Today I will begin with the end in mind ... a familiar theme lately in my blogs and educational life. Relationships might be listed last in the title, but they serve as the foundation for all the other R's you could list! Why? Because the relationships make us care and help us connect. Consider the oft quoted saying, "no one cares what you know until they know that you care." When you learned the most, it was because there was someone who cared and that made you care. When we are moved to act, it is often the result of the influence of a meaningful relationship.
Relationships are the key ingredient to our lives as individuals, as families, as learners, as employees, and as church or community members. We all have and/or need people with whom we connect, can trust, and can work with to achieve a common goal. That relationship begins with our families but is enhanced by our friendships.
Yesterday, I watched with interest as CBS Sunday Morning profiled the importance of friendships as their lead story (click this link to view the video). One of the most significant things they noted was that friendships make us stronger and help us believe things are more manageable and easier to achieve. Studies have been done to prove this. MRI's on the brain show us that we are calmer and less stressed when comforted by a close friend. The closer the friend (in terms of the relationship) the calmer we are. I personally am blessed with a wide circle of friends and a few very special friends who enrich my life and create a network of support that I rely on frequently. This is not just a woman thing either! Men want and need friends too. While the way they conduct their friendships may differ, the bottom line is that we all need someone with whom we can connect, can offer support, and can give us perspective.
Fostering positive relationships in schools is something that will lead to better learning, better behavior, and less bullying. To put this in perspective, Dr. James Comer, Yale University Professor of Child Psychiatry, says, "No significant learning occurs without a significant relationship." Ruby Payne, a proponent of helping educators work with students in poverty agrees, noting that "When individuals who made it out of poverty are interviewed, virtually all cite an individual who made a significant difference for them." Many programs, such as Big Brothers-Big Sisters and other formal mentoring programs, promote significant relationships as a way to boost achievement and improve quality of life for the children/teens participating in these programs.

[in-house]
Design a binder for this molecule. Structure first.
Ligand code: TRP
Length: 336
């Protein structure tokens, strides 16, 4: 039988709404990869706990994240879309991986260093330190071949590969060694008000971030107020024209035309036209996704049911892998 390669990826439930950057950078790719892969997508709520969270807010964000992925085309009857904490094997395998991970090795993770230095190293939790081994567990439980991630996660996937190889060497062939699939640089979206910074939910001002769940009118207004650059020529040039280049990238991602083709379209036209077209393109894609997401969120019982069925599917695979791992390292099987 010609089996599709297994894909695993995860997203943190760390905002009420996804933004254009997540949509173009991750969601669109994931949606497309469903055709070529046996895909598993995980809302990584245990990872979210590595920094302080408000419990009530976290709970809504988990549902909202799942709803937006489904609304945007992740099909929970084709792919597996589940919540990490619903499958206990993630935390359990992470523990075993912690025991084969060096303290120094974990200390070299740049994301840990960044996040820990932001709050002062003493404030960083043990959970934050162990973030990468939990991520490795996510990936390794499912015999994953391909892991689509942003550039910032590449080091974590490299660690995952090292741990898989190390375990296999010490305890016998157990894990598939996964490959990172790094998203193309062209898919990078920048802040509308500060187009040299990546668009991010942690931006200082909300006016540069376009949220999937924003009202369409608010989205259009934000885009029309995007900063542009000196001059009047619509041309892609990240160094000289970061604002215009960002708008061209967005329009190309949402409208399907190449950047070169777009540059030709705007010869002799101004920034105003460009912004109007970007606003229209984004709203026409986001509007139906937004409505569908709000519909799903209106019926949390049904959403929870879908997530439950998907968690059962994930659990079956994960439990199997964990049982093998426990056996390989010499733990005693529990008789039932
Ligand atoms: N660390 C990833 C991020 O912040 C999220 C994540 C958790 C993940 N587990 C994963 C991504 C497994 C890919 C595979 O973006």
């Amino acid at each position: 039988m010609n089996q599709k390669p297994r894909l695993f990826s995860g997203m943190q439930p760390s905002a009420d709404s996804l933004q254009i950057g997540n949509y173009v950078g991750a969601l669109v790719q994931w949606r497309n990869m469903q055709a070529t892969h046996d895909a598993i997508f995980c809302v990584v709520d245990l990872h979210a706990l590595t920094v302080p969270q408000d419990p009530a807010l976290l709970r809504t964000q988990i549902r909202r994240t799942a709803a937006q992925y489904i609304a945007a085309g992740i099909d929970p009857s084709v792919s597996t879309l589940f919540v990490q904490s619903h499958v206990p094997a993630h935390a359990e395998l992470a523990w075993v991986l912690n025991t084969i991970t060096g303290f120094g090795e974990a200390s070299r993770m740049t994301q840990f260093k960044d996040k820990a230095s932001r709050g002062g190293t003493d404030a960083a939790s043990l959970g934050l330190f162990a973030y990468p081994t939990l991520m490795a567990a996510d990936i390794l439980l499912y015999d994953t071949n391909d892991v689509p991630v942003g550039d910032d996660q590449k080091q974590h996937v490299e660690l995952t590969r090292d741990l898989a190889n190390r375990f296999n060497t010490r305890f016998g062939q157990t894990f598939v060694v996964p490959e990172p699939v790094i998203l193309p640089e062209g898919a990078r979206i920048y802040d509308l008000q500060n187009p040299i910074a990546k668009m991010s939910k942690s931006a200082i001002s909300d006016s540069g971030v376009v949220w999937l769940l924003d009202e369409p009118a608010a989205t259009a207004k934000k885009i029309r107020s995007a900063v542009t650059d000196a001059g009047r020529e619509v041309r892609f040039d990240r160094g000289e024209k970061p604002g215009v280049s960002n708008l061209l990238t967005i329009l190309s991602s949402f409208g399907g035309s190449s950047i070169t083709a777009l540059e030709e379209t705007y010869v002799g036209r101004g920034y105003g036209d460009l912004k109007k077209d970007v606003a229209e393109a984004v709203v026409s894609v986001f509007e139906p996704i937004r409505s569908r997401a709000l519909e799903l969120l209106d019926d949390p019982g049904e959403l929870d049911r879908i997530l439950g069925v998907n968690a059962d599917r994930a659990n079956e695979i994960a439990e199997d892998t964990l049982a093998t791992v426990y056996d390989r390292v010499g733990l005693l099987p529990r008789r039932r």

When considering rigor or relevance, it is often the influence of a teacher, coach, or other mentor that makes us want to achieve the higher expectations required of rigor. Their interest in us makes us interested in what they are trying to teach us, thus increasing the relevance of the learning. There are so many simple ways to make a meaningful connection with a child or adult for that matter... just saying their name when you greet them; a warm smile; a word of encouragement; or acknowledgment of effort or progress. Any of these simple acts of kindness make a difference and cost us nothing but a moment of our time.
Teachers should get to know students so that they understand learning styles and preferences, interests, strengths and weaknesses. All those are important ingredients to planning effective lessons and creating positive learning environments. These positive environments can make champions out of moderate talent. Just look at what Bill Snyder has done at K-State with players who weren't blue chip recruits, but who have bought into a traditional system in modern times because of the relationships that exist between coach and player; school and player; and the K-State community and the players. But this is not just about teachers or coaches. All of us need to take the time to invest in the children in our community so they know that they are supported and someone cares about their dreams.
As we consider how to improve education and the quality of our own lives, we will no doubt include Reading, 'Riting, 'Rithmetic, Rigor, and Relevance, but we must keep in mind, the foundation for all these "R's" depends on Relationships, because without them life has little meaning.